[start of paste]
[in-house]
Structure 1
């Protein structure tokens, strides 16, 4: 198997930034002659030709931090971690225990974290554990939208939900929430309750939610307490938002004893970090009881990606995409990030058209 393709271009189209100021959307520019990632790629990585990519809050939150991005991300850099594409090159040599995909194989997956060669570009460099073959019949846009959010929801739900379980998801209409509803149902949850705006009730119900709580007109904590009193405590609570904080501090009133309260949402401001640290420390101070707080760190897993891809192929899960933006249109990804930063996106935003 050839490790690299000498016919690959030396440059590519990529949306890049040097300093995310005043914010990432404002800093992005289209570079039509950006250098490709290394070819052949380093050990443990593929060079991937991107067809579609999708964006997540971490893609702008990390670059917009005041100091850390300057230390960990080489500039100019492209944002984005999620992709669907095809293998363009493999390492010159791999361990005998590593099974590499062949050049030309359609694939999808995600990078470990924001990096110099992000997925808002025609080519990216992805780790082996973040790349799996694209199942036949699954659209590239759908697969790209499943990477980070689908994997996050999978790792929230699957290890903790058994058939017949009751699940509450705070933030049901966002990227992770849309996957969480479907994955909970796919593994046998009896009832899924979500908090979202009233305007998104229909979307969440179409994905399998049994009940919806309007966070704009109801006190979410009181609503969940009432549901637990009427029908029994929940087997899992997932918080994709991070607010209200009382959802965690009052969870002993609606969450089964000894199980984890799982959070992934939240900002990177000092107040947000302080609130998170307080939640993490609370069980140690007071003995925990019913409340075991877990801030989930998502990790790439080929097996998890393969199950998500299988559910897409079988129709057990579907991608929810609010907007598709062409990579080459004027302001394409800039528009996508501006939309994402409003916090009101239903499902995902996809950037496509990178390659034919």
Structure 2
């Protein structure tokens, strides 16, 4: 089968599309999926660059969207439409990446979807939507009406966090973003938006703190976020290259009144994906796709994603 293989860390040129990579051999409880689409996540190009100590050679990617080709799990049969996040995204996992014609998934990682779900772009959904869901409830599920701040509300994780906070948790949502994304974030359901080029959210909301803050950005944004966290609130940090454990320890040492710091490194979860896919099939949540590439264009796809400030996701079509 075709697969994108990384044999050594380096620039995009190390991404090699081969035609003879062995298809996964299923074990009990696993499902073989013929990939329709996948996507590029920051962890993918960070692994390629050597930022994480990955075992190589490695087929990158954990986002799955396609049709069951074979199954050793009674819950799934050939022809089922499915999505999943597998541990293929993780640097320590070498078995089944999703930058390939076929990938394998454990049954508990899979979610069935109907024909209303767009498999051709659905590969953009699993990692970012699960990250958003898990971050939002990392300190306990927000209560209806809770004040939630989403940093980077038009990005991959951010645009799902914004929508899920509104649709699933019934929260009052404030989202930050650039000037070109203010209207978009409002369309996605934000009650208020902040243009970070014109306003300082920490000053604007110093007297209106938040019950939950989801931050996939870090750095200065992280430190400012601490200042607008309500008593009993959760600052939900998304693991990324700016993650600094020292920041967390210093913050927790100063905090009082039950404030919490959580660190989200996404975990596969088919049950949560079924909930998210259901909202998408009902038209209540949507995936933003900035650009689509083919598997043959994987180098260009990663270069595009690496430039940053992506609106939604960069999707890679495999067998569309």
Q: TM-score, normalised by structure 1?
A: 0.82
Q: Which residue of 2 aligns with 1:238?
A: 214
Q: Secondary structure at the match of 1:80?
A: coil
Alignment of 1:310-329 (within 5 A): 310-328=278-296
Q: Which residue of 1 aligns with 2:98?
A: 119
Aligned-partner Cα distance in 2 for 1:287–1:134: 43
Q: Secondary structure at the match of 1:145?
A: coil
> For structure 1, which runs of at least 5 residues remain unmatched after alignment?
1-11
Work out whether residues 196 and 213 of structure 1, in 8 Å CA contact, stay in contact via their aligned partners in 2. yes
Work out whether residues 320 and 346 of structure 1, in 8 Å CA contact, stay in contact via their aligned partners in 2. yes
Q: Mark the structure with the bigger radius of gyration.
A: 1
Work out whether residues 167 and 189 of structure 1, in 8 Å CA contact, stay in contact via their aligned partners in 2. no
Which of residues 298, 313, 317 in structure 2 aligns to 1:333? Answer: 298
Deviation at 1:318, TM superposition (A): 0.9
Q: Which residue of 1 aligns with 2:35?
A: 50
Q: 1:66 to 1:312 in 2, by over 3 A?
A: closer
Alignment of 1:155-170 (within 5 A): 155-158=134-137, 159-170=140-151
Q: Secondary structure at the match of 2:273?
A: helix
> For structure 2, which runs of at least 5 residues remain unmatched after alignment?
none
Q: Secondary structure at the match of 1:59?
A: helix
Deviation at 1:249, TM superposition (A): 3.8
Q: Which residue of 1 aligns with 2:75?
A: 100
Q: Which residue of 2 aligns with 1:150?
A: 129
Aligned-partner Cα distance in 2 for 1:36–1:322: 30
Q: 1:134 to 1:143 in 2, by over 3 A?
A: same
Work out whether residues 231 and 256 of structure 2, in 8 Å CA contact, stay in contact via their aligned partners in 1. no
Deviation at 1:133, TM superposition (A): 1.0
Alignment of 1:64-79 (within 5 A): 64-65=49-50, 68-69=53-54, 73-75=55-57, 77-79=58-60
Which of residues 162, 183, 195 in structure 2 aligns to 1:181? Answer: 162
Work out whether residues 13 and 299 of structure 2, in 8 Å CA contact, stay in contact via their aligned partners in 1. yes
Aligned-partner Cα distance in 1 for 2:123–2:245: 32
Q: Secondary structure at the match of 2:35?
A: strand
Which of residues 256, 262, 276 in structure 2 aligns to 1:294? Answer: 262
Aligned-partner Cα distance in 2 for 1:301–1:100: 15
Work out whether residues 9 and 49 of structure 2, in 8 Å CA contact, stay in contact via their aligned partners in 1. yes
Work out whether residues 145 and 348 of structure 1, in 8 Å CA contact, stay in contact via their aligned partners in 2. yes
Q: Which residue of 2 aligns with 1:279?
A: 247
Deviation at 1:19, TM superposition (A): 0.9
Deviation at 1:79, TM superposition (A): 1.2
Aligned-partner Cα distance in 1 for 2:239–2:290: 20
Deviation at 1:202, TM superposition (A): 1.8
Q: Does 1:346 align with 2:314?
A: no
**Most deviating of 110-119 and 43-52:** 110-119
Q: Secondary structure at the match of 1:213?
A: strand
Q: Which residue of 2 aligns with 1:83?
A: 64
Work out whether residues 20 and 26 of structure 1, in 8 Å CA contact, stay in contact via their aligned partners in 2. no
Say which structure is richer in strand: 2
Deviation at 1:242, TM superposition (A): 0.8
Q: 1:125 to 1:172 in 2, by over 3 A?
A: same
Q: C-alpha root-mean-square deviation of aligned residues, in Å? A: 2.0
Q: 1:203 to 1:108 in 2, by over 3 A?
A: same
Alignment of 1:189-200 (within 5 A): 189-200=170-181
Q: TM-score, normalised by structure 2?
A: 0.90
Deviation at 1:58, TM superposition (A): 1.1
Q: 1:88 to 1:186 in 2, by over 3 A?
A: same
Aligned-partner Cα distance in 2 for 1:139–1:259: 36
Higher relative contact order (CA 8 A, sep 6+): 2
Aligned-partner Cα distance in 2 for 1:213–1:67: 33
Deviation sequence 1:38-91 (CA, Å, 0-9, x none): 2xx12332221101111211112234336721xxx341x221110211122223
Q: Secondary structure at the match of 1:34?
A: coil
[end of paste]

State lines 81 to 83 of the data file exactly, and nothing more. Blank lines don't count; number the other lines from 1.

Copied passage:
A: 0.90
Deviation at 1:58, TM superposition (A): 1.1
Q: 1:88 to 1:186 in 2, by over 3 A?